Angola Prison Rodeo

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Louisiana State Penitentiary, the site of the rodeo

The Angola Prison Rodeo, staged at the Louisiana State Penitentiary, is the longest running prison rodeo in the United States.

It is held on one weekend in April and on every Sunday in October. On each occasion, thousands of visitors enter the prison complex.[1] Various prisoner organizations sell food at concession stands. Many of the prisoners use family recipes to craft the concession stand food. Prison guards conduct the financial transactions at the Angola Rodeo.[2]

As part of the prison rodeo,[3] there is a biannual Arts and Crafts Festival. Prisoners make handmade work. Melissa Schrift, author of Angola Prison Art: Captivity, Creativity, and Consumerism, wrote that "In addition to introducing innovations into vernacular prison art forms, Angola inmates find enormous value in creating works that embody or mimic the everyday images and goods so readily available in the outside world."[4]

The rodeo raises funds for religious educational programs for prisoners. As of 2013 each spring rodeo raises $450,000.[3] The rodeo's slogan is "the wildest show in the South".[3]


The idea of the rodeo was born in 1964.[2] The Rodeo, a collaboration between prisoners and prison employees, began in 1965.[5] Cathy Fontenot, the Assistant Warden, said that originally prisoners and staff backed pickup trucks into a field "and would go out there and play around on horses."[2] Both horses and cattle are bred and raised at the prison. The horses are used by trustees to supervise field work, and the cattle are raised for sale as beef.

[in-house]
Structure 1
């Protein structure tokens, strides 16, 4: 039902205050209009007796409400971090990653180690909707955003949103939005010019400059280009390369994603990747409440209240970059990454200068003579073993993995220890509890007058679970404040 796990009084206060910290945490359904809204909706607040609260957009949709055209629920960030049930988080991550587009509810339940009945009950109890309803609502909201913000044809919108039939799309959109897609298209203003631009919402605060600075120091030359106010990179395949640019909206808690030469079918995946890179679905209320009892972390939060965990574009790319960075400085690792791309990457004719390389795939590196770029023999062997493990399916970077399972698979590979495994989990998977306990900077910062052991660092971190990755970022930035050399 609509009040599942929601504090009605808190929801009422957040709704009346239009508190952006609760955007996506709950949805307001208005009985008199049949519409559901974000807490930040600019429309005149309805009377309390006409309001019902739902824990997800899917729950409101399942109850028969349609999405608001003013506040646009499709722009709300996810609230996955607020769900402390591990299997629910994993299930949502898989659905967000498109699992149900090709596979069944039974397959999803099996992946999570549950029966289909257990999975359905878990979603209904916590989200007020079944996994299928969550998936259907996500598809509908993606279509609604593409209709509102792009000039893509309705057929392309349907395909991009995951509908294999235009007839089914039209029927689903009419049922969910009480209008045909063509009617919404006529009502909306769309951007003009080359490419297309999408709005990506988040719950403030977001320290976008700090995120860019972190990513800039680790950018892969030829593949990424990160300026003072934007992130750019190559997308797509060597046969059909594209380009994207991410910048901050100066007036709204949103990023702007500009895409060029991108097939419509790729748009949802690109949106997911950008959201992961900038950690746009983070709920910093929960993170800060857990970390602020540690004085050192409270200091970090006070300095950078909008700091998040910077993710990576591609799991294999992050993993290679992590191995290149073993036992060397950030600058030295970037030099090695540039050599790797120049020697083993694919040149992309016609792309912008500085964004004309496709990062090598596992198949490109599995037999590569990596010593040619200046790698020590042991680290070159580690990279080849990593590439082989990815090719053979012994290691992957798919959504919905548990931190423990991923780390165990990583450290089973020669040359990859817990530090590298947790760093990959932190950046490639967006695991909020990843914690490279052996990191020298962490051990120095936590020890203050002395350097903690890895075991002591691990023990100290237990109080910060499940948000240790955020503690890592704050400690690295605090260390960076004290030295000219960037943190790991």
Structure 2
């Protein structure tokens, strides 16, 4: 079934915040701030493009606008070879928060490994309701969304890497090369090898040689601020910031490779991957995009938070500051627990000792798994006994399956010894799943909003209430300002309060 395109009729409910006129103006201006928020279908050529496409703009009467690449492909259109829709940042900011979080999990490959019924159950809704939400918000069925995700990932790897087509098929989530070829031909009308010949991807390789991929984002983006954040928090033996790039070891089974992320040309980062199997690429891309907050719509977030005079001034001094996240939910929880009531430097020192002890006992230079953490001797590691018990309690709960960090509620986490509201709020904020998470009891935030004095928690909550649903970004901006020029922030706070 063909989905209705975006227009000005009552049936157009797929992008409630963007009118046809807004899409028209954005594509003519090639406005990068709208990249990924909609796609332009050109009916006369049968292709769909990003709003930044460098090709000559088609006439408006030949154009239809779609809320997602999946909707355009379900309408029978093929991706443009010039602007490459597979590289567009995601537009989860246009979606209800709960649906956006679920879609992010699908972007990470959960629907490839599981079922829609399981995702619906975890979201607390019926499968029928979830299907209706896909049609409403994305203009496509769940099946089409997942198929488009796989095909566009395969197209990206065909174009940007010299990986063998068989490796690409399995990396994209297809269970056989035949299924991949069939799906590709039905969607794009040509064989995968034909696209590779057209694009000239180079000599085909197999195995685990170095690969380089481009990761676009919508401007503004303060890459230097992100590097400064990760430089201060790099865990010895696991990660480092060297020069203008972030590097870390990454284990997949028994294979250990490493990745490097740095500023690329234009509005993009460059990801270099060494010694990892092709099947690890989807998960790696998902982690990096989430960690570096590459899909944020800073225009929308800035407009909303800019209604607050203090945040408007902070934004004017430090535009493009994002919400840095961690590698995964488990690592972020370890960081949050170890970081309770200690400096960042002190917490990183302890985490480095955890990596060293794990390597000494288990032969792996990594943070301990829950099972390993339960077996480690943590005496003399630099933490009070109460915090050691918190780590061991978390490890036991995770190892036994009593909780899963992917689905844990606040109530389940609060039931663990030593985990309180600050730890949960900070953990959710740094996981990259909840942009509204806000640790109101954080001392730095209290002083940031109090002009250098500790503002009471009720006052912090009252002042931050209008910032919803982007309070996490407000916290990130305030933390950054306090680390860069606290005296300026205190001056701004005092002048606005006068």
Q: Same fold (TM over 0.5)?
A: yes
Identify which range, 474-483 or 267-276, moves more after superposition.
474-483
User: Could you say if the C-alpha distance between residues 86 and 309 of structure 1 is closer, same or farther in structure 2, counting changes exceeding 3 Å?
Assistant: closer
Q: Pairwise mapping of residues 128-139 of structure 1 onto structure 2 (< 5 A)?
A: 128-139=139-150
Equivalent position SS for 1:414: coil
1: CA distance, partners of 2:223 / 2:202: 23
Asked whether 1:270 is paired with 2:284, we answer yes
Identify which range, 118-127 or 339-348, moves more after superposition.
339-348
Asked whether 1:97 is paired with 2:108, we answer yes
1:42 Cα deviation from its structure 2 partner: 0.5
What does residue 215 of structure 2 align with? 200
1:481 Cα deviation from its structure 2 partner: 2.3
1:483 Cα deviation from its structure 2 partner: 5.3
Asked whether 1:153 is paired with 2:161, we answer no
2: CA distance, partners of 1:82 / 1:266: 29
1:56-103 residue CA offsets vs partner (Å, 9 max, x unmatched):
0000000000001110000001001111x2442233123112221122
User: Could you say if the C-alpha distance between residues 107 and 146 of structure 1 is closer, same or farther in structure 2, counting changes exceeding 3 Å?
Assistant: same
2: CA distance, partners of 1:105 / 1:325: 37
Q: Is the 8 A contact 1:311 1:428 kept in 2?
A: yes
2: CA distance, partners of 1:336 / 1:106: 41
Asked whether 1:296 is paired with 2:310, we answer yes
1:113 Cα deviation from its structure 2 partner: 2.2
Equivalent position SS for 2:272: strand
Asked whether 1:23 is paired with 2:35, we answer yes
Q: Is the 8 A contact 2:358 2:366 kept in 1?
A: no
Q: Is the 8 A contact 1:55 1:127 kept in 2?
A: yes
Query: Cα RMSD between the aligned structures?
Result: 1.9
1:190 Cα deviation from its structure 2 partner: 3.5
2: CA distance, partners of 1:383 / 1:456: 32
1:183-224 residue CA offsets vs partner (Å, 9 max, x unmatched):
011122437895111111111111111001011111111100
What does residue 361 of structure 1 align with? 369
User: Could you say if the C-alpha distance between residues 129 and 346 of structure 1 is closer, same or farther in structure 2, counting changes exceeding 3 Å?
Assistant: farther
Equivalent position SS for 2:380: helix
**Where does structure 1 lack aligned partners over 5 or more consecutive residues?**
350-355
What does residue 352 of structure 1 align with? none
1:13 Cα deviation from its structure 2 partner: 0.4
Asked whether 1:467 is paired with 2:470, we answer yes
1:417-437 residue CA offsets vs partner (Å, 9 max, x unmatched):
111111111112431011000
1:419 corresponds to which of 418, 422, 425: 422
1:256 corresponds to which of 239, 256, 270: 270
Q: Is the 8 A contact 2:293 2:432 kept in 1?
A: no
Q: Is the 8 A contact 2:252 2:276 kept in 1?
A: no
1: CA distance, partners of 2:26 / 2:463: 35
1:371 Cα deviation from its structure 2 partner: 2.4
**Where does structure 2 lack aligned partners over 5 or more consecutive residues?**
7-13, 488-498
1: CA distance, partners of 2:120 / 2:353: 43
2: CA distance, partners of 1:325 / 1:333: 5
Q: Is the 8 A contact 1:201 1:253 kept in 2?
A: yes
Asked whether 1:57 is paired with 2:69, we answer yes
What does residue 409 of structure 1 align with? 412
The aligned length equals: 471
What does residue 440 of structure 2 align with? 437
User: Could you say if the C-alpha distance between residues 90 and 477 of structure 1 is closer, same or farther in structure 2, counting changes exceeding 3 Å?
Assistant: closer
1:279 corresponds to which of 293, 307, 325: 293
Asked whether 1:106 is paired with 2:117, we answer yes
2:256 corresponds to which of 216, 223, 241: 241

In 1967 LSP opened the Rodeo to outside spectators. Over the years, LSP erected bleachers and adopted the rules of the Professional Rodeo Cowboys Association. In addition the administration added an Arts and Crafts festival, and added stock animals and rodeo clowns. The current 10,000-person stadium opened in 2000.[5]

Inmate Jack Favor, a former rodeo star from Texas, worked to establish the rodeo. He was wrongly convicted of two murders in Bossier Parish and sentenced to life at Angola. He sought to instill self-discipline in the prisoners and formed a chapter of the Fellowship of Christian Athletes. Prison authorities permitted Favor to travel across the state to promote the event. Favor earmarked funds raised through the rodeo to finance emergency trips for inmates, under guard.[6][7]